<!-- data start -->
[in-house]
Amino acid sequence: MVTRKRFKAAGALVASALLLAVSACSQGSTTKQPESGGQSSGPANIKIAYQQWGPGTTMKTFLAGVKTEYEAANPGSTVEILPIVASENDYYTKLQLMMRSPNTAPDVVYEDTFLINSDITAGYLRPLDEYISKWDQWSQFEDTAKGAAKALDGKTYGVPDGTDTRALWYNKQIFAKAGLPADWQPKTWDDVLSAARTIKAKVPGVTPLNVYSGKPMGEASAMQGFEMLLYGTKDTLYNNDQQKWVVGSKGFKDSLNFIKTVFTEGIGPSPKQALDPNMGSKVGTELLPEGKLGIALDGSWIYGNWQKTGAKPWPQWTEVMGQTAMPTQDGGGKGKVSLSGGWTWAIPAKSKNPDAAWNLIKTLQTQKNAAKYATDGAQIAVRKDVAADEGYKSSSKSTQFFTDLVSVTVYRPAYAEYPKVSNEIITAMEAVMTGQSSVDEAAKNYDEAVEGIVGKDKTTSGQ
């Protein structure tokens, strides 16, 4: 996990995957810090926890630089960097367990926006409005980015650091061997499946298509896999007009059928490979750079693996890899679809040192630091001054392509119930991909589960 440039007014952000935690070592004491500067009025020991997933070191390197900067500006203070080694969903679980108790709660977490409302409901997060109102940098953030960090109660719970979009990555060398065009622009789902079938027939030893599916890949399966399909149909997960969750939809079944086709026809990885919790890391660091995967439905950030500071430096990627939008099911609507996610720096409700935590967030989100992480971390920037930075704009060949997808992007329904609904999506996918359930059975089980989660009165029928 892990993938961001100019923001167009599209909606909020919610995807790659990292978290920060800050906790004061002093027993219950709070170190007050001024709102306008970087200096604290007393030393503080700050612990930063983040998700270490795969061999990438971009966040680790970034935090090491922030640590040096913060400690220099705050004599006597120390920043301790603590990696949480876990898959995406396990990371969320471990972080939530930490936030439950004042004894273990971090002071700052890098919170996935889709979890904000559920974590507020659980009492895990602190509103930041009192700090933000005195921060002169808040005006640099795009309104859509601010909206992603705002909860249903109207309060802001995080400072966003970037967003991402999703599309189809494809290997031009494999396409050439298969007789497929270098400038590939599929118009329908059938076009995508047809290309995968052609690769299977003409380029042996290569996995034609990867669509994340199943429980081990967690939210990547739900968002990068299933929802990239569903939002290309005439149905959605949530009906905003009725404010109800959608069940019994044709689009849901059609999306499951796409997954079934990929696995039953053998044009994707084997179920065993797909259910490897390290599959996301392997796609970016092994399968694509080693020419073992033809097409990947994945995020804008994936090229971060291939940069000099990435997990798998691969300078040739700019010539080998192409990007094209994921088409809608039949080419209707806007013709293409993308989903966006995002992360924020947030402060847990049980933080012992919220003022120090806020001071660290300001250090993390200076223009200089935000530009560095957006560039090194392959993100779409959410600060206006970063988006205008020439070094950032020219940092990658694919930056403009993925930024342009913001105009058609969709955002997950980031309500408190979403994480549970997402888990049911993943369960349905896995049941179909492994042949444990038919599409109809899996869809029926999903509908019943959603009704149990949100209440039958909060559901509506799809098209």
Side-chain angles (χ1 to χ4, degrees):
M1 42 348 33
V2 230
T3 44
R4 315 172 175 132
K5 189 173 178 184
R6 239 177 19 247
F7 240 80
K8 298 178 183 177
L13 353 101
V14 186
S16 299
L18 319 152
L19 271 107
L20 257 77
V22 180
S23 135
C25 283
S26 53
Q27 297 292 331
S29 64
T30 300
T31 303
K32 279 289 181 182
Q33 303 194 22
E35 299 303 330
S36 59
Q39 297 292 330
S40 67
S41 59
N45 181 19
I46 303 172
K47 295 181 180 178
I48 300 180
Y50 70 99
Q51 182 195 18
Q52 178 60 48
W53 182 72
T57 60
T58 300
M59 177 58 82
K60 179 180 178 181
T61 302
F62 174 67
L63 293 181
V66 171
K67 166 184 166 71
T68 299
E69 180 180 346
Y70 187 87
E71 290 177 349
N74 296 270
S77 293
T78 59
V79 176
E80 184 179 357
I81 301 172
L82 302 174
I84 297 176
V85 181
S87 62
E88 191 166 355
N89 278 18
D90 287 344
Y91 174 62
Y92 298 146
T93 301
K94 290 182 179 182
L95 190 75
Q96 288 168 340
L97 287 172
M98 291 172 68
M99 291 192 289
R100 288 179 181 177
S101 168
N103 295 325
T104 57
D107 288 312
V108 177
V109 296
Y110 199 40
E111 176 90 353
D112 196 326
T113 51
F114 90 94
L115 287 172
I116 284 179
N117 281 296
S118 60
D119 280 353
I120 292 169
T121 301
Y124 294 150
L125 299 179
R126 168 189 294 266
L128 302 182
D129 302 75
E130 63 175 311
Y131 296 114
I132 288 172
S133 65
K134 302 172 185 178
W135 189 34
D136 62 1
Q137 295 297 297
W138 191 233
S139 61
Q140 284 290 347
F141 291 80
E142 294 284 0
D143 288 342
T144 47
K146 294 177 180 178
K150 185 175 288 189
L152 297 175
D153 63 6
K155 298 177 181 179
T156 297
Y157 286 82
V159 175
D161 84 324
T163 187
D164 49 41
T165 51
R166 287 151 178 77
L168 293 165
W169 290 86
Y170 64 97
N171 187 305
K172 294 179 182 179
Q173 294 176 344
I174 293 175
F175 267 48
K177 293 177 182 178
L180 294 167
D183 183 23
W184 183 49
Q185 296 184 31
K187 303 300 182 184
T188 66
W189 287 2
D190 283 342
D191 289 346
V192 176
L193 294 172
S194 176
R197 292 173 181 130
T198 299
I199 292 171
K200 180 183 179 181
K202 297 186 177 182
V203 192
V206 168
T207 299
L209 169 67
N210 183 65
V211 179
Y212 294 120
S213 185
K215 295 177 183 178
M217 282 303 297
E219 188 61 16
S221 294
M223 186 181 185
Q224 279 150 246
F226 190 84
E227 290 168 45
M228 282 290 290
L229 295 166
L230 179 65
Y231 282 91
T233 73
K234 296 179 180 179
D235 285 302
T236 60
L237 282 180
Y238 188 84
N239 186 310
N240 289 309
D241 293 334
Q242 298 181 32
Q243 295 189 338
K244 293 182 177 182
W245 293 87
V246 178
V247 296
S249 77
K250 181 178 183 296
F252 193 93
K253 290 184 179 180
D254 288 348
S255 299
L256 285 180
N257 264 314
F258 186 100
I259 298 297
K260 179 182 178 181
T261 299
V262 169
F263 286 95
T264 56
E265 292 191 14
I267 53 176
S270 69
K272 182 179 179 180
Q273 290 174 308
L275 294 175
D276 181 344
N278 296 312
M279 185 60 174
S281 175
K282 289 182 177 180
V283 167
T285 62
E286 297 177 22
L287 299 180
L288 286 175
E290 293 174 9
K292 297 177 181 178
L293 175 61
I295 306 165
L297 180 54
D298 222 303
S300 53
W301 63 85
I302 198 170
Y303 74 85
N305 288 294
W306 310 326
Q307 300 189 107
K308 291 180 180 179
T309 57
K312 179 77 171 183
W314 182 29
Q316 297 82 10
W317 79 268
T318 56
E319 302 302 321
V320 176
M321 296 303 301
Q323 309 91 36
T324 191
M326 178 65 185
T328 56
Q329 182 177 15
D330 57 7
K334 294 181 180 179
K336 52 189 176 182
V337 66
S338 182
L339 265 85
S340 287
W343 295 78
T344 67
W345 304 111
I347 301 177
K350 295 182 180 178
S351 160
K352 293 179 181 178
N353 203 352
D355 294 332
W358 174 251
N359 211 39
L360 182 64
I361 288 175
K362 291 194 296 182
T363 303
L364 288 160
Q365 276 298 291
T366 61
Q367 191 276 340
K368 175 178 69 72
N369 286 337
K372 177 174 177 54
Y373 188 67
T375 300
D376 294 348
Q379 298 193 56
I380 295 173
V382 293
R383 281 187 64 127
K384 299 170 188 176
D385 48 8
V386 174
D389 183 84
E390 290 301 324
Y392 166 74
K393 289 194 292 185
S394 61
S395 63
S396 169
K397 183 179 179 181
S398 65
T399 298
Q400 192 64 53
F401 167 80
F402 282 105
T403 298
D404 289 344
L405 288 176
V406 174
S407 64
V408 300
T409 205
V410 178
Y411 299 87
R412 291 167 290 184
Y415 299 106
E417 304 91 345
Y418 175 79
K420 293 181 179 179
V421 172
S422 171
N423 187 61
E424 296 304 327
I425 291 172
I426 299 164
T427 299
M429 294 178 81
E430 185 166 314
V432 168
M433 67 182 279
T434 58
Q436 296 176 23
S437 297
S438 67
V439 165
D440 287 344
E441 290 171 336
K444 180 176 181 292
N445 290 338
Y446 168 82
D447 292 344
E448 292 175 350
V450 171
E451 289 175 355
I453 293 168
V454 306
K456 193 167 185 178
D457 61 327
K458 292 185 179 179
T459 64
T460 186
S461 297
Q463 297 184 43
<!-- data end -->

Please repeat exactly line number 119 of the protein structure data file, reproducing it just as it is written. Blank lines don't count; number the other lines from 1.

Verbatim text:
D153 63 6